Cats have the ability to climb trees because of their sharp claws and flexible bodies. So considering a cheetah is a cat most would ask can cheetahs climb trees?
The short answer is not very well. Cheetahs don’t have the ability to climb trees like leopards who are the most comfortable climbing of all the big cats. Cheetahs don’t have the same level of strength in their legs and rear that leopards do. This gives leopards the extra power they need to pull themselves up a tree.
While cheetahs aren’t able to climb trees as effortlessly as leopards, that doesn’t mean they can’t do it at all. Cheetahs have been known to climb trees.
When Do Cheetahs Climb Trees?
Cheetahs have been known to climb trees mainly to have a better look at the surroundings and locate prey.
A cheetah’s favourite prey animal is the Thompsons gazelle. These gazelles tend to graze in the open savannah grass lands.
A cheetah’s hunting success depends on its ability to catch its prey. For a cheetah to achieve it’s top speed the ground must be relatively flat.
Cheetahs therefore are found in areas where the ground is relatively flat such as the Serengeti plains in Africa.
The cheetah will use its speed to run down its prey. However, before it can do this, it needs to be able to spot its prey.
In order to see over the long grass, a cheetah will often climb to the top of a termite mound or small tree. Once at the top, the cheetah can survey the area for potential prey.
If the cheetah sees its prey, it will then stalk the animal until it is close enough to make a dash for it.
So, while cheetahs don’t regularly climb trees, they will do so when it gives them a strategic advantage in hunting their prey.
Climbing trees also offers them an ability to spot predators like lions, hyenas, leopards who might ambush them during the hunt or even steal their kill.
When Escape Is Not An Option
Cheetahs just like other predators sometimes find themselves in situations where escape is not an option.
This can happen for example if a cheetah falls asleep on the ground and wakes up surrounded by a herd of buffalo. Here escape would not be an option as the buffalo would most likely charge at the cheetah and kill it.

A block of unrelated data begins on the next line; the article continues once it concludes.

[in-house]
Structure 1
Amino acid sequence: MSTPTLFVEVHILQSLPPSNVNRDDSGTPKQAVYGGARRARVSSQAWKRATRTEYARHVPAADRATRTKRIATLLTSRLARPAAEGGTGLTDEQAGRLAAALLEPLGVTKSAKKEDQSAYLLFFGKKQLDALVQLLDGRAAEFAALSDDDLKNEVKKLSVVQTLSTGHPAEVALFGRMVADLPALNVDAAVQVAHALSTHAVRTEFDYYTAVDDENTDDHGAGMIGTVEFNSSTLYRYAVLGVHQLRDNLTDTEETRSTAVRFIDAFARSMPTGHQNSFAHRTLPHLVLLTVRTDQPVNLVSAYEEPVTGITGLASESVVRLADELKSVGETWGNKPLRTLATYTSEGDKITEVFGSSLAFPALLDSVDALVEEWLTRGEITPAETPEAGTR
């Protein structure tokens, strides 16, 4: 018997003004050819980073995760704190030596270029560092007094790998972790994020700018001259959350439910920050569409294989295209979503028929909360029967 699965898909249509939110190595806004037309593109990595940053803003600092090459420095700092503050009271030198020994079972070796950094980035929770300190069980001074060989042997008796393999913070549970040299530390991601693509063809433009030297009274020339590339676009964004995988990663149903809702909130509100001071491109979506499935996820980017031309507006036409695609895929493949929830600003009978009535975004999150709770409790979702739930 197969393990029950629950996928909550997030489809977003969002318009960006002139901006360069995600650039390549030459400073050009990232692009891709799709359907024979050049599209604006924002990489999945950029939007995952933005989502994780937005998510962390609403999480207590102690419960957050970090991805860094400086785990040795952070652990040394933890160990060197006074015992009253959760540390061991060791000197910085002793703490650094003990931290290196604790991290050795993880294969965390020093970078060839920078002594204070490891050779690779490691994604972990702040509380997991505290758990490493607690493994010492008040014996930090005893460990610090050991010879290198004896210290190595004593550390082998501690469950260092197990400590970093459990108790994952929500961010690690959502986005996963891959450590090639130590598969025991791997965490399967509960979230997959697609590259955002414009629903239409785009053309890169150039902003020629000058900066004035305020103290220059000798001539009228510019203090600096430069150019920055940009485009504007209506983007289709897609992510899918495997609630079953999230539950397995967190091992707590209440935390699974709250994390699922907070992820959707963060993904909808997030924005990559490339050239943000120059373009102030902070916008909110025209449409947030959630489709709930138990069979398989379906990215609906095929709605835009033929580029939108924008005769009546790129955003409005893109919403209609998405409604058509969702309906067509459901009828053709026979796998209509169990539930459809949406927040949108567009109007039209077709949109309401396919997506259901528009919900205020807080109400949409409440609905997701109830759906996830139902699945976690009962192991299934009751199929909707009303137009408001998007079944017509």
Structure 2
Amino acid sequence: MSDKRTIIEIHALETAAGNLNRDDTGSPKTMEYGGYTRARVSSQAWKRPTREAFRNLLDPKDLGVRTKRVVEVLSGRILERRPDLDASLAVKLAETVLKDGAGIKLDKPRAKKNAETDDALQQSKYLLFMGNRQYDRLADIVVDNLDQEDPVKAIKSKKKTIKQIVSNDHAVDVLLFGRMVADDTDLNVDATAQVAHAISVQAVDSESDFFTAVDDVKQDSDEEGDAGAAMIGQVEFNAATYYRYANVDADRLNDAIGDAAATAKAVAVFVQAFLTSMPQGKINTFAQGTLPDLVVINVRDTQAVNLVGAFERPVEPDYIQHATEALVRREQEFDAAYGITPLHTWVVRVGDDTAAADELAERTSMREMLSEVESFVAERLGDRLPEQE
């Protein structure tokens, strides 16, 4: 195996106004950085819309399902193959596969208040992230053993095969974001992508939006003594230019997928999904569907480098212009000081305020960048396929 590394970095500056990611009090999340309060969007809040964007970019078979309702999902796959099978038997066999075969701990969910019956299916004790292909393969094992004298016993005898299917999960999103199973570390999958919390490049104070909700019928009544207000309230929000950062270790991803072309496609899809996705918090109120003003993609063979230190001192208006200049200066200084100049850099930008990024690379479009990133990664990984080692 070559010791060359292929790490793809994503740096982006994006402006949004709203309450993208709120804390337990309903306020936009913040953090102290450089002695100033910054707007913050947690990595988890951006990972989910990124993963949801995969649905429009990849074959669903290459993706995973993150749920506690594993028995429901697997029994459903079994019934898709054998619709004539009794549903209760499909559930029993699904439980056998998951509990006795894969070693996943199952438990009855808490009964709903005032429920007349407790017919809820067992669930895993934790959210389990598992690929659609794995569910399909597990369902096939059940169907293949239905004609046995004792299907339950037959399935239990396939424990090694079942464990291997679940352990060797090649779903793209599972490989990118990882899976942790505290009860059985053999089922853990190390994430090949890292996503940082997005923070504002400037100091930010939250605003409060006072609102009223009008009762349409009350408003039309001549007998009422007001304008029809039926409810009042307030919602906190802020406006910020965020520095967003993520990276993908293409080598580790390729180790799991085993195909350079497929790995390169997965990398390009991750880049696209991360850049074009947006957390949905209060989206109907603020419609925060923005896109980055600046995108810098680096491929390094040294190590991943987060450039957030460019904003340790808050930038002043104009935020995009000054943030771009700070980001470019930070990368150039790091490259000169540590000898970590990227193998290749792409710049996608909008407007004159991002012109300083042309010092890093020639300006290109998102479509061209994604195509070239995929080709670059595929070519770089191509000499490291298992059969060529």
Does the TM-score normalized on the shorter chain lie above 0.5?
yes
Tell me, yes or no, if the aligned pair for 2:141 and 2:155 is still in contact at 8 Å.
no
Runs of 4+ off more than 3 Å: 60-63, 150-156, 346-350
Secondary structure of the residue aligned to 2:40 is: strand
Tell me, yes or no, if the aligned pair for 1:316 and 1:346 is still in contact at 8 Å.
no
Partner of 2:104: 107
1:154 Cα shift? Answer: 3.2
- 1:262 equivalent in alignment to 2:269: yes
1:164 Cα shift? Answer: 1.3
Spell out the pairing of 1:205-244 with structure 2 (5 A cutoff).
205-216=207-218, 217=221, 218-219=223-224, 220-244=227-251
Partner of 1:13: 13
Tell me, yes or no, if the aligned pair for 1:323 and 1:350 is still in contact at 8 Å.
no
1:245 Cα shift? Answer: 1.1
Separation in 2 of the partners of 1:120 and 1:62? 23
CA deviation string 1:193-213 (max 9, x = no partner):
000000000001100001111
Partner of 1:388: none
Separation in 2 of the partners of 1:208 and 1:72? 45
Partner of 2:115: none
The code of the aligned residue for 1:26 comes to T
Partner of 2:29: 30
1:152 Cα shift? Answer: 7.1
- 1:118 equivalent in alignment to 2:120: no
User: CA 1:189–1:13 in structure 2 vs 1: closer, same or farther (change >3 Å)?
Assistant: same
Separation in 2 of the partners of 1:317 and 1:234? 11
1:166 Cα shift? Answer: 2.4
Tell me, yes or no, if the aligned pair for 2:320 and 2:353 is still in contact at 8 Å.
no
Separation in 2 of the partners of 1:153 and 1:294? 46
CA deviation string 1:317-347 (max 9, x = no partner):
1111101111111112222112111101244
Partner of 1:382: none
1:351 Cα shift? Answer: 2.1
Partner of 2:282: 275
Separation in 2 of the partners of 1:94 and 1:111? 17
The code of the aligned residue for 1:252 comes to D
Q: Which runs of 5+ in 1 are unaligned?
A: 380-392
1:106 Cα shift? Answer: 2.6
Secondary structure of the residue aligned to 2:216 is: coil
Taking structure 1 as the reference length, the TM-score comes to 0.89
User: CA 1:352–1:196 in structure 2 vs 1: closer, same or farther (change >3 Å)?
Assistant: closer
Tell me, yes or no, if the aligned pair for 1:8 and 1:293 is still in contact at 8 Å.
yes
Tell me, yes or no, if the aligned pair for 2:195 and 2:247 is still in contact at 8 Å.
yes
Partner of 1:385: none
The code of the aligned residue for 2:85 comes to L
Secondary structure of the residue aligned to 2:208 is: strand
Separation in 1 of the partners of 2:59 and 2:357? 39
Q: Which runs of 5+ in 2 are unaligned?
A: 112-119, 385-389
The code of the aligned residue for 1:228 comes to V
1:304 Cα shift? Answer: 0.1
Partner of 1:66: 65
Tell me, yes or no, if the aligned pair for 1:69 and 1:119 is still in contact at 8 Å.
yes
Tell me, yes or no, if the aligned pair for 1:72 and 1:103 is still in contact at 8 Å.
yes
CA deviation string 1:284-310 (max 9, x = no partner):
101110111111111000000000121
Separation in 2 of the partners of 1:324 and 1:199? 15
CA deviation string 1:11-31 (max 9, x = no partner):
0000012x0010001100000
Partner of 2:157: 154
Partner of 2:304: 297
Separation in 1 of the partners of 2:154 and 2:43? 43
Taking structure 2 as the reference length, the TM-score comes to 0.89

In such a situation, the cheetah’s only hope would be to climb a tree.
Cheetahs Are Not Built To Climb Trees
While cheetahs can and do climb trees, it is not something they are built for.
Cheetahs are built for speed. They have a long, sleek body and elongated legs which help them to run at speeds of up to 70 miles per hour.
Their claws are also different to those of other cats. Cheetah claws are more like nails and are not retractable like the claws of other cats. This helps them to get a good grip on the ground when they are running at high speeds.
However, these same characteristics make it more difficult for cheetahs to climb trees.
Their nails are not well suited for climbing and their long, slender body makes it more difficult to maneuver around branches once they climb.
In addition, cheetahs are not as strong as other cats such as leopards. This means they don’t have the same level of strength in their legs and rear which is necessary for climbing.
Despite these difficulties, cheetahs are still able to climb trees as we have stated above. It just takes them a little more effort than other cats.
Do Baby Cheetahs Climb Trees?
Yes, baby cheetahs are known to climb trees. This behaviour has been observed in the wild as well as in captivity.
It is thought that baby cheetahs climb trees for several reasons. Firstly, it could be a way for them to gain a better view of their surroundings.
This is especially important for baby cheetahs as they need to be able to spot potential predators.
Climbing also seems to be a form of play for baby cheetahs. They have been known to chase each other up and down trees.
This play fighting is thought to be beneficial as it helps the baby cheetahs to learn hunting skills.
It is also easier for baby cheetahs to climb trees unlike adults because their bodies are more flexible.
As they grow older and their spine elongates and it also becomes harder for them to turn their front paws backwards which is how leopards grip the tree trunk.
Taking Prey Up The Tree
Of the big cats only the leopard is known to take its prey up the tree. Cheetahs don’t do this as they don’t have the strength to haul a large animal like an impala up a tree.
Leopards will often take their prey up a tree to keep it away from other predators like lions, hyenas or vultures.
How Do You Differentiate A Cheetah From A Leopard?
The easiest way to differentiate a cheetah from a leopard is by their spots. Cheetahs have round black spots on their coat while leopards have rosette patterns.
Another way to tell them apart is by their tail. Cheetah tails have black stripes running down them while leopard tails do not have stripes.
A cheetah has a slender built while a leopard is more muscular. Cheetahs are also taller than leopards when they stand on their hind legs.
Finally, cheetahs are generally smaller than leopards. Adult male cheetahs weigh between 77 and 143 pounds while adult male leopards can weigh up to 198 pounds.